Tuesday, July 24, 2012

❥❥ Food for Thought: Berries and Grapes Boost Brain Power ❥❥

Food for Thought: Berries and Grapes Boost Brain Power

New research findings suggest adding blueberries and strawberries to the diet may help slow the decline in learning and motor skills that often occurs with aging. Photo by Scott BauerSeptember 1, 2006 – Loss of clear thinking is a major concern of aging senior citizens and baby boomers and many are reaching for foods high in antioxidants. They may be on the right track if they reach for berries or grapes, according to new findings reported by Agricultural Research Service-funded scientists.
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Laboratory animals that were fed berry extracts—and then treated to accelerate the aging process—were protected from damage to brain function, the researchers report. ARS is the U.S. Department of Agriculture’s chief scientific research agency.
Psychologist Barbara Shukitt-Hale, neuroscientist James Joseph and psychologist Amanda Carey of the Jean Mayer USDA Human Nutrition Research Center on Aging at Tufts University in Boston conducted the research in collaboration with colleagues at the University of Maryland-Baltimore County. The study, which has been published online, will also appear in an upcoming print issue of Neurobiology of Aging.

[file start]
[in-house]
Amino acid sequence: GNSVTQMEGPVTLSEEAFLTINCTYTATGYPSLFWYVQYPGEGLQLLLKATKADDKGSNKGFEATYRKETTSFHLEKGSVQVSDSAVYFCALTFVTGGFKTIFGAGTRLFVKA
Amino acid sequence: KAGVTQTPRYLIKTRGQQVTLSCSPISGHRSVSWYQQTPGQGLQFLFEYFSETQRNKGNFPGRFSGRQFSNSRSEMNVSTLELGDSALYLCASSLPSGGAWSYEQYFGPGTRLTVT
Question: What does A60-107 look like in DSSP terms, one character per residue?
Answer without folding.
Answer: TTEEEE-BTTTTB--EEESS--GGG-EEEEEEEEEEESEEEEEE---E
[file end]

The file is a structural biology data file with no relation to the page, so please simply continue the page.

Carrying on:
Three groups—20 rats in each—were studied for about three months. The control group was fed a standard diet of grain-based chow. A second group was fed chow with blueberry extract equal to one cup daily in humans. A third group was fed chow with strawberry extract equal to one pint daily in humans. After two months on the diets, half of the rats in each group were treated to induce the normal losses in learning and motor skills that often come with aging.
Compared to the aged control rats, the aged-but-supplemented rats were much better able to find—and in some cases remember—the location of an underwater platform.
In addition, the aged control rats had lower levels of dopamine release than the non-aged control rats. But these decreases in dopamine release were not seen in the strawberry- and blueberry-supplemented groups, whether aged or not.
The new findings add to a lineup of research studies published during the past eight years showing reduced, or in some cases reversed, declines in brain function among rats whose diets were supplemented with either blueberry, cranberry or strawberry extracts or Concord grape juice. 
Original report by Rosalie Marion Bliss, ARS
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